A Year of Progress for the Chemical Facility Anti-Terrorism Standards (CFATS)
Posted: 01/17/13 at
David Wulf, Director of the Infrastructure Security Compliance Division, U.S. Department of Homeland Security
When SOCMA recently offered me the opportunity to write a blog post
that would reach hundreds of CFATS
stakeholders, I jumped at the opportunity. At the Infrastructure Security Compliance Division (ISCD), the Division within DHS that is responsible for implementing the CFATS program, we know that success is ultimately tied to our ability to work with high-risk chemical facilities to meet the 18 security-focused Risk Based Performance Standards that comprise the core of the program.
The universe of high-risk chemical infrastructure covered by the CFATS regulation
includes approximately 4,000 facilities, many of which are small and mid-sized chemical manufacturers. In implementing the CFATS program, ISCD strives to minimize the impact on facilities while achieving the program’s important security-focused goals. I firmly believe that DHS and the chemical industry have a shared stake in the success of the CFATS program, and—in the 18 months I’ve had the privilege to serve at ISCD—I’ve been struck by how dedicated SOCMA members and stakeholders across the Chemical and Oil/Natural Gas sectors have been to working with ISCD to foster the security of our Nation’s highest-risk chemical infrastructure. Taking stock of the past year, I’m pleased to report the significant progress we’ve made to date. Having developed a 95-point Action Plan to address historical challenges, we’ve completed work on 87 of the action items—successfully streamlining our review processes for facilities’ Site Security Plans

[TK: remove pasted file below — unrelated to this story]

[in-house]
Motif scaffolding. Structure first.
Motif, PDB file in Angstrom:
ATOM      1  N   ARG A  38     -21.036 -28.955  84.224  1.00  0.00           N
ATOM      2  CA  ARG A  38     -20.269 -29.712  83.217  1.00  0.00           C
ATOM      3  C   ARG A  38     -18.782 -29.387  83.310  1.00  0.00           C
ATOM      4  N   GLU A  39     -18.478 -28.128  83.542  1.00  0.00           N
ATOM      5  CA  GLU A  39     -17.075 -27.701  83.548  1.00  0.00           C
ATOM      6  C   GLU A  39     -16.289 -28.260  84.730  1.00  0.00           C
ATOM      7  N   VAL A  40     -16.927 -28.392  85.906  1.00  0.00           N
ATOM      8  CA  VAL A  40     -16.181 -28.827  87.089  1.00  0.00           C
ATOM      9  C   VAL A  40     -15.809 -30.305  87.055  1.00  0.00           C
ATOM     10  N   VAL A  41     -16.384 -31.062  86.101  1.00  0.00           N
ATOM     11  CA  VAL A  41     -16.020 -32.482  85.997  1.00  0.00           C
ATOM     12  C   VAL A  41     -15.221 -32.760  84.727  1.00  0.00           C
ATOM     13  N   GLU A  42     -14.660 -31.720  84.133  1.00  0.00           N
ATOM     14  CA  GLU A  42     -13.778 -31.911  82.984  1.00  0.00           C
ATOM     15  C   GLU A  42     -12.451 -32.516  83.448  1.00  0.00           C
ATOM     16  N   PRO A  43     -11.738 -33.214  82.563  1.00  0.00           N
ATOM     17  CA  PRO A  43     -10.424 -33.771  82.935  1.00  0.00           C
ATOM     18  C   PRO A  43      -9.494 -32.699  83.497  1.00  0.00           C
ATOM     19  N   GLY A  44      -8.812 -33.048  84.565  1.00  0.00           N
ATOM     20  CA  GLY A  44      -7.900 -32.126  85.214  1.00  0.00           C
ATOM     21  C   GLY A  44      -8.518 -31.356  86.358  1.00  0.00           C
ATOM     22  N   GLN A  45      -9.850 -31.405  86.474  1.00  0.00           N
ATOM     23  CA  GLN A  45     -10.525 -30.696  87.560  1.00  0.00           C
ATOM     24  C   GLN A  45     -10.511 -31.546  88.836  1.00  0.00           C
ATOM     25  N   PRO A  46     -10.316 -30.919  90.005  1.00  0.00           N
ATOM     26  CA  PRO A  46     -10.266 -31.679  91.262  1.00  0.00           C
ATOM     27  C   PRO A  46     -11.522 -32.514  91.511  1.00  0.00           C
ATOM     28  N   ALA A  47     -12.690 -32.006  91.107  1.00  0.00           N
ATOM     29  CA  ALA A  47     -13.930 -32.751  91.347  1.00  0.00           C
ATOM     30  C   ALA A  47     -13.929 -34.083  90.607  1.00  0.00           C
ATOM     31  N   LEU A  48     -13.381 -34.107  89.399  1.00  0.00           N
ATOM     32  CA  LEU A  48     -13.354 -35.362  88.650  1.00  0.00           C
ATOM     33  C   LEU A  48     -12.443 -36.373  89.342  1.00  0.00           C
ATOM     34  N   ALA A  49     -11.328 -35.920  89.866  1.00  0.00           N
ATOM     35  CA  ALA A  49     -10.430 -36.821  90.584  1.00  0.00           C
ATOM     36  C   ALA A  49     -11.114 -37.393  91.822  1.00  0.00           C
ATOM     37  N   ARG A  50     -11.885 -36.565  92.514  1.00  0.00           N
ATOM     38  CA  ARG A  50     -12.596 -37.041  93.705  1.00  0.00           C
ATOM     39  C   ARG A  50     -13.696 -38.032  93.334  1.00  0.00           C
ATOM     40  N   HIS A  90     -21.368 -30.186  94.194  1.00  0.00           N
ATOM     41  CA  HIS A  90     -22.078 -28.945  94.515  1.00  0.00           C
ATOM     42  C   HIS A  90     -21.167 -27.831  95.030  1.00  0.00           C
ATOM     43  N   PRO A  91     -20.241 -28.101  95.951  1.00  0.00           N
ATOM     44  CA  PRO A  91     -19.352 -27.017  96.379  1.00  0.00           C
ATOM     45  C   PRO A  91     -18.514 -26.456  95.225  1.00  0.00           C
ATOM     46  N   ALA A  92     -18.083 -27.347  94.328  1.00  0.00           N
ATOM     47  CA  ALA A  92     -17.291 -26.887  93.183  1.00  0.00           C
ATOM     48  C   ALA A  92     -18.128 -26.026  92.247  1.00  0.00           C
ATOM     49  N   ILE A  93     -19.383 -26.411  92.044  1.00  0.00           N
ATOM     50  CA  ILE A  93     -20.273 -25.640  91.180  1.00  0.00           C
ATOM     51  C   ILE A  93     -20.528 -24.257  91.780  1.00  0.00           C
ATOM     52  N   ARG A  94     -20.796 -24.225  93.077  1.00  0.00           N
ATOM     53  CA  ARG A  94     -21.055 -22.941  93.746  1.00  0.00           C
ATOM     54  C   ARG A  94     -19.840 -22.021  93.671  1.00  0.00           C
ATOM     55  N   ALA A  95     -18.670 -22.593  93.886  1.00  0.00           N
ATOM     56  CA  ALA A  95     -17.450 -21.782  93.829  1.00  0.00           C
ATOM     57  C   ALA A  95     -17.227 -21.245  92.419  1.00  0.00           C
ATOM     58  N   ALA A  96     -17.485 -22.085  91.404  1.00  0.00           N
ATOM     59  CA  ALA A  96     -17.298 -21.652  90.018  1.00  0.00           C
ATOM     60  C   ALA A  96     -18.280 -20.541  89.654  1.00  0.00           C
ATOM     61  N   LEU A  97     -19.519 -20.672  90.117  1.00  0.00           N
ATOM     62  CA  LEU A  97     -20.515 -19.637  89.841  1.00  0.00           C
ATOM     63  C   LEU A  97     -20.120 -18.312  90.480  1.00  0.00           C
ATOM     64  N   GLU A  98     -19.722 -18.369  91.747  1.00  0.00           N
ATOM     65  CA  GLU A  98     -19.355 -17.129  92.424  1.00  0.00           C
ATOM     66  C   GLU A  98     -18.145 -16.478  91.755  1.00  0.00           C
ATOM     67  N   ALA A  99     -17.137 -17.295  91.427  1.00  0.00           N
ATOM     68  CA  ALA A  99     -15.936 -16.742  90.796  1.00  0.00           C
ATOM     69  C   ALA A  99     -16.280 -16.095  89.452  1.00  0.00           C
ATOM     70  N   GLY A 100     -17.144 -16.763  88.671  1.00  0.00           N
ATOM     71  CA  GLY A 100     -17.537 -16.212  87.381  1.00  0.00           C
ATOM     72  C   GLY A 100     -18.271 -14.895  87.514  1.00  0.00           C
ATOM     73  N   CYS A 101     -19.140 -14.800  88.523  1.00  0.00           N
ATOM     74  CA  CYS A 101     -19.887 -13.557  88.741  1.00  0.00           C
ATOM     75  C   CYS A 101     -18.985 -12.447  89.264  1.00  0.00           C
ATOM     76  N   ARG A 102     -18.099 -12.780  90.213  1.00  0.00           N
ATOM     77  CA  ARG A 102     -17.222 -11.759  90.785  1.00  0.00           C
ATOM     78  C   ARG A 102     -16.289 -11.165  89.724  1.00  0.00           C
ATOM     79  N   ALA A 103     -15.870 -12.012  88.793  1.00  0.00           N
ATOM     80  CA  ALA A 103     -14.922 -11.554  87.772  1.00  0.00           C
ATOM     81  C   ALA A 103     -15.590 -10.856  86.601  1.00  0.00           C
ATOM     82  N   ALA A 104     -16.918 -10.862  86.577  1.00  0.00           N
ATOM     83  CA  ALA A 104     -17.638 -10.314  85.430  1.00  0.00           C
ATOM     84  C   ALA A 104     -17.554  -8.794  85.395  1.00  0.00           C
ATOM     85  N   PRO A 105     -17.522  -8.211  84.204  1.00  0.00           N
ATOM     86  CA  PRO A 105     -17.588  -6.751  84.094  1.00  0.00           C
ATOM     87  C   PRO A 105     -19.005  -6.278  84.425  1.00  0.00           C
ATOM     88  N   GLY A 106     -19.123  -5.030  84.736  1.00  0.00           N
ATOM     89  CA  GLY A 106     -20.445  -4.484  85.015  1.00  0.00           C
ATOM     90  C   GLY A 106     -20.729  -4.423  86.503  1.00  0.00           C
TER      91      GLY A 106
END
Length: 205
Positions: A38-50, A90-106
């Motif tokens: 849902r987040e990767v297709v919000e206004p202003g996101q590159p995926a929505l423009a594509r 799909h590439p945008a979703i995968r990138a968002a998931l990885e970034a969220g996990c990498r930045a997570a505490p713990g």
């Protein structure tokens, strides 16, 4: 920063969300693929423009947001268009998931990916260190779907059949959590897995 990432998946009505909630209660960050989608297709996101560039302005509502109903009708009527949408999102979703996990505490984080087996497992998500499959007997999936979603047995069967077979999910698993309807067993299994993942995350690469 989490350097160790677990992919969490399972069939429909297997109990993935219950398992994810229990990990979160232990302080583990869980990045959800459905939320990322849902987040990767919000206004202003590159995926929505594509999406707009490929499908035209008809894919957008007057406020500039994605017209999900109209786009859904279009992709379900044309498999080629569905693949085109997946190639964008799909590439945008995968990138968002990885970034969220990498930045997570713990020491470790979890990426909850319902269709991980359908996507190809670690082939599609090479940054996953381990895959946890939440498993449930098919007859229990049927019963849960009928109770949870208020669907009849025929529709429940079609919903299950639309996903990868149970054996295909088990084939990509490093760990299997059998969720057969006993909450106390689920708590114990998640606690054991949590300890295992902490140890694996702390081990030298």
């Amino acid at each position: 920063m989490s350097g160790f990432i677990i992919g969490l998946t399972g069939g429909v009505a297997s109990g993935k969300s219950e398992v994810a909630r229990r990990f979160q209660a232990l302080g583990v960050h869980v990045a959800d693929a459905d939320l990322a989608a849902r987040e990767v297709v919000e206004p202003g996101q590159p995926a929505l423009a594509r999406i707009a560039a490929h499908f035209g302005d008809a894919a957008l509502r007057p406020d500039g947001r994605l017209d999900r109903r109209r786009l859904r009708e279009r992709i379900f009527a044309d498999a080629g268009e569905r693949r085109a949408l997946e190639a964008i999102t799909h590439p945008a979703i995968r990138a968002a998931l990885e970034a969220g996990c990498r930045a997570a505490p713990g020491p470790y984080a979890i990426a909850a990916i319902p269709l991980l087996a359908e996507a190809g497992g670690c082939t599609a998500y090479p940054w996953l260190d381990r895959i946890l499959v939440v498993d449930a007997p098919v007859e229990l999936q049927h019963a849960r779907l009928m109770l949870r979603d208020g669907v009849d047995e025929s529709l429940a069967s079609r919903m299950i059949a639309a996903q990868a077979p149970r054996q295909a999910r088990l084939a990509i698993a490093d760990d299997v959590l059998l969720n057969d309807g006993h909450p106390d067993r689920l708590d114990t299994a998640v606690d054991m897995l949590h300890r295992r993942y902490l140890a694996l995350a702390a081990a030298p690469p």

(SSPs), improving our inspections-related procedures, and solidifying the Division’s organizational structure. In July, we resumed conducting authorization inspections and have now authorized more than 200 Site Security Plans (SSPs) and approved 22.
Working with industry, we’ve encouraged the development of Alternative Security Program templates that may provide a quicker means for facilities to attain authorization/approval of their Plans. Additionally, we are kicking off an effort to improve our suite of web-based tools, including the tool facilities use to build their SSPs. We recognize that our online tools need to become more user-friendly—both for facilities and for ISCD’s reviewers—and this is an important priority for the program.
As we move into 2013, our stakeholders can anticipate a significantly heightened pace of authorizations, inspections, and final approvals of SSPs. We will continue to strive to improve our program in numerous other ways—including through the completion of an external peer review of our risk-tiering methodology. I hope to be able to address more of what is on the horizon for CFATS and ISCD over the course of the coming weeks and months. I am grateful to SOCMA as well as the dedicated professionals of ISCD for all that you have done—and continue to do—to enhance chemical-facility security across the country.
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